Cybersixgill observed threat actors advertising the stolen data of millions of customers of 23andMe, a genetic testing and ancestry platform. While the ads first appeared in October 2023, 23andme recently disclosed the breach in a Securities and Exchange Commission filing, appearing to confirm the authenticity of the leak. In addition to the original ads for the 23andMe data, Cybersixgill detected threat actors continuing to seek the information months after the initial leak.
On December 1, 2023, the direct-to-consumer genetic testing company 23andMe disclosed in a Securities and Exchange Commission (SEC) 8-K2 filing that it learned on October 10, 2023, a threat actor had accessed and downloaded “certain user profile information.” The filing was an official admission by 23andMe confirming a data leak it first acknowledged on October 6, 2023.
Several days before that, Cybersixgill observed a threat actor advertising data from 23andMe users on a popular cybercrime site. Among the data stolen from 23andMe users was genetic information, ancestry data, names, photos, birthdates, family relationships, locations, and ethnicities. 23andMe identified credential stuffing as the attack vector for initial access, a technique that targets email, social media, and banking accounts, relying on the fact that people repeatedly use the same passwords. When threat actors find a match, they log in and steal data for additional malicious activity. Following the 23andMe breach, it was reported that the company’s competitors, including Ancestry and MyHeritage, began requiring multi-factor authentication (MFA).
According to a 23andMe spokesperson, around 6.9 million users in total had some combination of the aforementioned personal data accessed by threat actors. This figure was much larger than the estimate in the SEC filing, in which 23andMe stated that the threat actor accessed 0.1% of user accounts, which translates to around 14,000 customers. The discrepancy apparently resulted from the difference between the number of accounts directly compromised and the total number of accounts with data stolen, which included the accounts of “relatives” who were linked to direct victims via 23andMe’s DNA Relatives feature.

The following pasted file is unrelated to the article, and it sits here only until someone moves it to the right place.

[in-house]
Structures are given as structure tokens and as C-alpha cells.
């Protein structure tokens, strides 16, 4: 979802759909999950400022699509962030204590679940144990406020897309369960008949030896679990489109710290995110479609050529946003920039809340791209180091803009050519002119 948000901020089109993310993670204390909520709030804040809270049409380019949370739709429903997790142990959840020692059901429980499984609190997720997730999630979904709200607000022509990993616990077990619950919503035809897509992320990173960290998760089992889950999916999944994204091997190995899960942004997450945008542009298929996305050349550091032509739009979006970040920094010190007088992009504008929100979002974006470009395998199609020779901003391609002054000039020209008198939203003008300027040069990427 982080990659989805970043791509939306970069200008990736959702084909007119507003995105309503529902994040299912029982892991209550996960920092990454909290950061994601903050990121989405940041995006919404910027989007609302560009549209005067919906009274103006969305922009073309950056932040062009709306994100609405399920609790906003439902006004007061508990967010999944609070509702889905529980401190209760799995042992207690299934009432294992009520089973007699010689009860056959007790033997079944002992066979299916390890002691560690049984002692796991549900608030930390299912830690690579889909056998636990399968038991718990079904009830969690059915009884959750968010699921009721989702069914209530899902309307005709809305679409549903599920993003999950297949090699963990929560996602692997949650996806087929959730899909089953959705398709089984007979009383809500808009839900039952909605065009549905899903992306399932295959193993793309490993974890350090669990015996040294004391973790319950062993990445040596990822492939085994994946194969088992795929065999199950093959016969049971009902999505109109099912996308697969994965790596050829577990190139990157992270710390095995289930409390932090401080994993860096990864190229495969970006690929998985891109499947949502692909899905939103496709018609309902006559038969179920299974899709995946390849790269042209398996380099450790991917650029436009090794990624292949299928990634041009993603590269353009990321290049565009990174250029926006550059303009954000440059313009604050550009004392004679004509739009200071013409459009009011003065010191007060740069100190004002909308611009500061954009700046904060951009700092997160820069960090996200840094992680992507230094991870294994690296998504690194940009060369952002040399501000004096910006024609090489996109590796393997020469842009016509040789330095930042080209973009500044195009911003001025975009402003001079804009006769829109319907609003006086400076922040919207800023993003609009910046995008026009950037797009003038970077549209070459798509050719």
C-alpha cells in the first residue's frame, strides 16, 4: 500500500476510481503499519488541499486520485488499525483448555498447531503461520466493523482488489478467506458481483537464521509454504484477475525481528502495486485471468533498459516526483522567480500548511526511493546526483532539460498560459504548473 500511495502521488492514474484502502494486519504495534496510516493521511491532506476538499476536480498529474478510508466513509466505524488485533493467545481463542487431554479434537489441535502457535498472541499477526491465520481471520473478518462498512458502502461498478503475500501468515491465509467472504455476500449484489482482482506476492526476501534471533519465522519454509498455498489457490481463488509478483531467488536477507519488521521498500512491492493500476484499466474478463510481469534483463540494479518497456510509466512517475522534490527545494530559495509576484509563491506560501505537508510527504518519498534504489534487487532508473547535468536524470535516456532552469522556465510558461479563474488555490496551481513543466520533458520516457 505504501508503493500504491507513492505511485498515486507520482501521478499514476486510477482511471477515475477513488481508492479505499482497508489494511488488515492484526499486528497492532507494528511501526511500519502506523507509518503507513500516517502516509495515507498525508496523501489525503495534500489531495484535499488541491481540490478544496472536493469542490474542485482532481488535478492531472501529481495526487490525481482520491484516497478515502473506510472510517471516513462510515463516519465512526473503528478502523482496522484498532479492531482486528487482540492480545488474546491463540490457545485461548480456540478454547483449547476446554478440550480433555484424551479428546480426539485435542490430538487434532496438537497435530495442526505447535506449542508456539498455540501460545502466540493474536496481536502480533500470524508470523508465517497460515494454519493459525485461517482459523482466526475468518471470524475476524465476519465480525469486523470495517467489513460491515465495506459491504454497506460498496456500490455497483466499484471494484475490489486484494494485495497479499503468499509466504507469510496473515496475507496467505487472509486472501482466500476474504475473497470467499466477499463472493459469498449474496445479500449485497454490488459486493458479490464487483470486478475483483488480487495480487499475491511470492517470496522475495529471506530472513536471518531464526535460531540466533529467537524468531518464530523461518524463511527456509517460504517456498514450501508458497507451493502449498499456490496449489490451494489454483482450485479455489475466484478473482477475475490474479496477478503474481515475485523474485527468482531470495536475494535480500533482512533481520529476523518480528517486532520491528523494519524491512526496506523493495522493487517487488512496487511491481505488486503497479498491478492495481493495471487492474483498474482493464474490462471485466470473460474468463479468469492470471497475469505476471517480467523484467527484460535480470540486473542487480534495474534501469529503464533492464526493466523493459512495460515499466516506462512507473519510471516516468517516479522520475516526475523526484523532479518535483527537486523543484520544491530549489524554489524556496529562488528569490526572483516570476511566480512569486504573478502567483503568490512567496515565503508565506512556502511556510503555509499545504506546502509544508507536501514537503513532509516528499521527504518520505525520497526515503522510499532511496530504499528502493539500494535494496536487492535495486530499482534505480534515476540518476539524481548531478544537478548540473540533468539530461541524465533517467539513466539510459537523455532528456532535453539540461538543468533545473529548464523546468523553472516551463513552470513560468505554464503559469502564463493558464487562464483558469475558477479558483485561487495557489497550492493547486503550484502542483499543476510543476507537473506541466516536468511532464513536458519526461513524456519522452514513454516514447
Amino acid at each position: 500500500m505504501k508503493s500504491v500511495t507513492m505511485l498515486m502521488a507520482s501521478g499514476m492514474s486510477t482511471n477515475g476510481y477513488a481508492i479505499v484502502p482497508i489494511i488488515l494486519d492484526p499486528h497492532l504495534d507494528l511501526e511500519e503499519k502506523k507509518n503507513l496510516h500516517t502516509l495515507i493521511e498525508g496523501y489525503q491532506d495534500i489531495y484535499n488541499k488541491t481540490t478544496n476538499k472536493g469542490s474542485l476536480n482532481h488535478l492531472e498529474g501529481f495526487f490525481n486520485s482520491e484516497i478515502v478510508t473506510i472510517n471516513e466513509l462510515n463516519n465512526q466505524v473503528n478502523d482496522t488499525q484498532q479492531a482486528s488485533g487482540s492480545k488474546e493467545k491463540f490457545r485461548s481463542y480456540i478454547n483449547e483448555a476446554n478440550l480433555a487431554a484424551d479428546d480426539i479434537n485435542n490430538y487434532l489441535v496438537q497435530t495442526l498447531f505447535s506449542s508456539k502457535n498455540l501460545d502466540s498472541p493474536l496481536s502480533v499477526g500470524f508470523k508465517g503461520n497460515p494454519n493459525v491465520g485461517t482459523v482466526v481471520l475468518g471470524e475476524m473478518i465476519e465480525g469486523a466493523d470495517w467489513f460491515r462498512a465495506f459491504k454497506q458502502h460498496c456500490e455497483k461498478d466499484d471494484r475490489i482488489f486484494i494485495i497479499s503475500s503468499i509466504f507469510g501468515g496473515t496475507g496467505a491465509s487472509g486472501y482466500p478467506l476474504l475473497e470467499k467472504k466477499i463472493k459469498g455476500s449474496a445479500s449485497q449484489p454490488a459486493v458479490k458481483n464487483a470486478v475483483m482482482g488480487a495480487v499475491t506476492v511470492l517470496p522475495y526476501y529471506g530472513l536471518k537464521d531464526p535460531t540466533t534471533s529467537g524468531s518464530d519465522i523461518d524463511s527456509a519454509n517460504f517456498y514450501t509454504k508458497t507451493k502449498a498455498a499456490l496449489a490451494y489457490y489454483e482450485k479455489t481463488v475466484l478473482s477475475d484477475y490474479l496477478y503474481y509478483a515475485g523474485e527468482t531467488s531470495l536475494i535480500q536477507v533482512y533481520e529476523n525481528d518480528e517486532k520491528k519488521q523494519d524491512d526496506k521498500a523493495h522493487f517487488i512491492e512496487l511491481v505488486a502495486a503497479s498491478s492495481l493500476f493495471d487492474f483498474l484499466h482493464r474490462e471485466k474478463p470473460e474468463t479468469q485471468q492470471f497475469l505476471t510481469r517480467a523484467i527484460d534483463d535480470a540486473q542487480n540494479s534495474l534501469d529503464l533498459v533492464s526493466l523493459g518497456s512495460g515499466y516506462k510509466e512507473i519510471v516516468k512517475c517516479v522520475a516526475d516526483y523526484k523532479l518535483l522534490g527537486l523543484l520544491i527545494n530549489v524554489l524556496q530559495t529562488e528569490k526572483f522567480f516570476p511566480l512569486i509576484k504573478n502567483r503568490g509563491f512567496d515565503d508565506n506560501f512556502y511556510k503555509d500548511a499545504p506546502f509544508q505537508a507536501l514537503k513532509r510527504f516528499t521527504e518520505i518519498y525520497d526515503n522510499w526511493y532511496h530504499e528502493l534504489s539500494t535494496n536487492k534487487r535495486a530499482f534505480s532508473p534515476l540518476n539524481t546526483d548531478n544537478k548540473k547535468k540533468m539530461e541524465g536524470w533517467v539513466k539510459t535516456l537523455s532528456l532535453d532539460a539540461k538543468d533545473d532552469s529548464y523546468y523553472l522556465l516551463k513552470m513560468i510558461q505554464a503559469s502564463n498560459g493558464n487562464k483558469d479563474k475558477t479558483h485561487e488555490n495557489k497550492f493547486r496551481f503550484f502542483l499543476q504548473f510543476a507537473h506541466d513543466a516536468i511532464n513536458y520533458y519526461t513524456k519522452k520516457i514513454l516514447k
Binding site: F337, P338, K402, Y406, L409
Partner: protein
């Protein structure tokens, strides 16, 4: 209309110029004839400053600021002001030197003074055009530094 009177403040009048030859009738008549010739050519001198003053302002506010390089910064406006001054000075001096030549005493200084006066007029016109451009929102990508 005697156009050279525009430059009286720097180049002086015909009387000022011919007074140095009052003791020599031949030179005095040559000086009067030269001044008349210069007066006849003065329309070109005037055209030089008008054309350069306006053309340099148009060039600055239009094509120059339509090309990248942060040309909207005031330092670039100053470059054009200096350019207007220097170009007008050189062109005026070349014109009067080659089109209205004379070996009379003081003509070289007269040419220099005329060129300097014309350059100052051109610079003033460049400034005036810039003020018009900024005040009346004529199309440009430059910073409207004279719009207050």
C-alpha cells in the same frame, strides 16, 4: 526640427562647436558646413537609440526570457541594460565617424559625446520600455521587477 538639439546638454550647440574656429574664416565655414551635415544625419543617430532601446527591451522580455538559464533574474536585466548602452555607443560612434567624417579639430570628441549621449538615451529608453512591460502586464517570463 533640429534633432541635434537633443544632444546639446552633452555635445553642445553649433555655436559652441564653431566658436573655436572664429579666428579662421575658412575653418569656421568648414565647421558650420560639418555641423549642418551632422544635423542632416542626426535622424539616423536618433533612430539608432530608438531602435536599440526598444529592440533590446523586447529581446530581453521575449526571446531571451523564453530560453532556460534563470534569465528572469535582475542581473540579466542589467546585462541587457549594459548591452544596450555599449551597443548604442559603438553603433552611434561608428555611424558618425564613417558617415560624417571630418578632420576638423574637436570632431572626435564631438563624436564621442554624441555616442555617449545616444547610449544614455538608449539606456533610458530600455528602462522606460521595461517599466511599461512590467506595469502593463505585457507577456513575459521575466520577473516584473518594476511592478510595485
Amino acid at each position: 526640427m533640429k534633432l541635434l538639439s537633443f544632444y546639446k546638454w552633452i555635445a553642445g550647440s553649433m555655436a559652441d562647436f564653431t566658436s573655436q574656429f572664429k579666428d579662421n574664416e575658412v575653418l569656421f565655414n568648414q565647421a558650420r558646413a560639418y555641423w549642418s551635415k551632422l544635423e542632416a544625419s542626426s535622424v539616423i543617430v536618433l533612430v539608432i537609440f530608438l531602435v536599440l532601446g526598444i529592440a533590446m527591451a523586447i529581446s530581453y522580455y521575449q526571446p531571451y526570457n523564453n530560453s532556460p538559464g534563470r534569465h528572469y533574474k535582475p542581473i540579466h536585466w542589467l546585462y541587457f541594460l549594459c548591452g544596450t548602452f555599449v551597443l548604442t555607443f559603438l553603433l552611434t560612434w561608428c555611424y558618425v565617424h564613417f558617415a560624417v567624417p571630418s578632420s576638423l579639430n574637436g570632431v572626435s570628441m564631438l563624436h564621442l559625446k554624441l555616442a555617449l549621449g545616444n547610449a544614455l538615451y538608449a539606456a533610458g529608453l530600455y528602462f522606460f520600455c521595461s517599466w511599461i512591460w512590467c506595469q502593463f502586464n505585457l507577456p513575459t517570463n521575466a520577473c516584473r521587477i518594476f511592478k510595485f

By leveraging the DNA Relatives feature, attackers were allegedly able to access not only the personal information of compromised accounts, but also additional 23andMe customers who connected with users identified as genetic relatives. As such, the accounts of users who were not directly compromised potentially had data stolen via compromised accounts.
While the breach raises significant questions about 23andMe's security posture and ability to protect sensitive user information, the incident is yet another example of the catastrophic consequences of users falling to select strong and unique passwords. Earlier in 2023, a similar attack hit Freecycle.org, which hosts over 10 million members across the globe. The Cybersixgill Investigative Portal detected threat actors advertising the Freecycle data prior to the company posting a breach notice, which instructed all users to change passwords on all sites on which they reused Freecycle passwords.
Cybersixgill collected the initial posts on which a threat actor claimed the data included DNA of celebrities. It also claimed to possess genomic ancestry data related to Jews of Ashkenazi descent and records related to Chinese users, asking buyers for $1-$10 per record.
An open source (OSINT) news site analyzed the 23andMe leaked data, discovering that some of it matched previously published genetic data available online, which appeared to confirm the authenticity of at least a portion of the 23andMe content.
Following a flurry of posts advertising the 23andMe data, Cybersixgill observed sustained demand and interest in the content.
The 23andMe breach continues to attract attention, both on the underground and in the mainstream media. Indeed, threat actors continue to seek the data on cybercrime forums and Telegram channels. Based on the type of data that was stolen, threat actors could likely use the information for a variety of malicious purposes.
In view of the demand for sensitive information on underground markets and forums, and the threat that related phishing attacks pose, all organizations should instruct employees not to click on links or attachments in suspicious emails. Specifically, users should double-check email senders’ identities before opening attachments or clicking links. They should also remain vigilant with regard to misspelled URLs to avoid entering credentials into fraudulent websites.
Finally, organizations should instruct personnel to exercise additional caution when using MFA codes for corporate services.
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